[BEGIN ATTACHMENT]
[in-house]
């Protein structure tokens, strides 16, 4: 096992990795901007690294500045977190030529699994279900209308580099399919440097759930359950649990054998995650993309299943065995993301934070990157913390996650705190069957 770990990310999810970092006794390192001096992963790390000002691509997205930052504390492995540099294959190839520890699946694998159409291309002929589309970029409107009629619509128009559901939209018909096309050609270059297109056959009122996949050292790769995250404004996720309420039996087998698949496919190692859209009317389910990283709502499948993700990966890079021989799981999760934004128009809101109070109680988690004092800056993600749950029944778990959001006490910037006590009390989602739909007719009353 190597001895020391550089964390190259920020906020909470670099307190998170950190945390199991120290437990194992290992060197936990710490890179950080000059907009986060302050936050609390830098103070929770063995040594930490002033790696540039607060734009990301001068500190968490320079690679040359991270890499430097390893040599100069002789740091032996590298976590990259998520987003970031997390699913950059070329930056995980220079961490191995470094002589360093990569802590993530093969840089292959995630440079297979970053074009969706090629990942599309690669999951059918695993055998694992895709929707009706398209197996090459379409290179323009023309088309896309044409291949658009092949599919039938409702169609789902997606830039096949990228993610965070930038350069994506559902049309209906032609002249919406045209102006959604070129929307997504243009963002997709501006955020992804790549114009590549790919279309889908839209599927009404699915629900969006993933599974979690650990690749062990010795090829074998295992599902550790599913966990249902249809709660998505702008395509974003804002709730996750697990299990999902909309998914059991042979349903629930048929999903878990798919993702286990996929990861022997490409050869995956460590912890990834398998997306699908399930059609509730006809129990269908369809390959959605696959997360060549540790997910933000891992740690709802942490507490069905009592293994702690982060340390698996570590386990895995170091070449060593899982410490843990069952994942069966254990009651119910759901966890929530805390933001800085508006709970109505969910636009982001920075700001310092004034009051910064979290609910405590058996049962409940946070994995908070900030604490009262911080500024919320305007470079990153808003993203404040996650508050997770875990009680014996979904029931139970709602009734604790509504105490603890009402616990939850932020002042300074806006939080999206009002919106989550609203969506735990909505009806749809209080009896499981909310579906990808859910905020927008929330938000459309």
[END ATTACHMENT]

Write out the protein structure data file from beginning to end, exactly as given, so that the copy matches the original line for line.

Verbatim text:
[in-house]
């Protein structure tokens, strides 16, 4: 096992990795901007690294500045977190030529699994279900209308580099399919440097759930359950649990054998995650993309299943065995993301934070990157913390996650705190069957 770990990310999810970092006794390192001096992963790390000002691509997205930052504390492995540099294959190839520890699946694998159409291309002929589309970029409107009629619509128009559901939209018909096309050609270059297109056959009122996949050292790769995250404004996720309420039996087998698949496919190692859209009317389910990283709502499948993700990966890079021989799981999760934004128009809101109070109680988690004092800056993600749950029944778990959001006490910037006590009390989602739909007719009353 190597001895020391550089964390190259920020906020909470670099307190998170950190945390199991120290437990194992290992060197936990710490890179950080000059907009986060302050936050609390830098103070929770063995040594930490002033790696540039607060734009990301001068500190968490320079690679040359991270890499430097390893040599100069002789740091032996590298976590990259998520987003970031997390699913950059070329930056995980220079961490191995470094002589360093990569802590993530093969840089292959995630440079297979970053074009969706090629990942599309690669999951059918695993055998694992895709929707009706398209197996090459379409290179323009023309088309896309044409291949658009092949599919039938409702169609789902997606830039096949990228993610965070930038350069994506559902049309209906032609002249919406045209102006959604070129929307997504243009963002997709501006955020992804790549114009590549790919279309889908839209599927009404699915629900969006993933599974979690650990690749062990010795090829074998295992599902550790599913966990249902249809709660998505702008395509974003804002709730996750697990299990999902909309998914059991042979349903629930048929999903878990798919993702286990996929990861022997490409050869995956460590912890990834398998997306699908399930059609509730006809129990269908369809390959959605696959997360060549540790997910933000891992740690709802942490507490069905009592293994702690982060340390698996570590386990895995170091070449060593899982410490843990069952994942069966254990009651119910759901966890929530805390933001800085508006709970109505969910636009982001920075700001310092004034009051910064979290609910405590058996049962409940946070994995908070900030604490009262911080500024919320305007470079990153808003993203404040996650508050997770875990009680014996979904029931139970709602009734604790509504105490603890009402616990939850932020002042300074806006939080999206009002919106989550609203969506735990909505009806749809209080009896499981909310579906990808859910905020927008929330938000459309």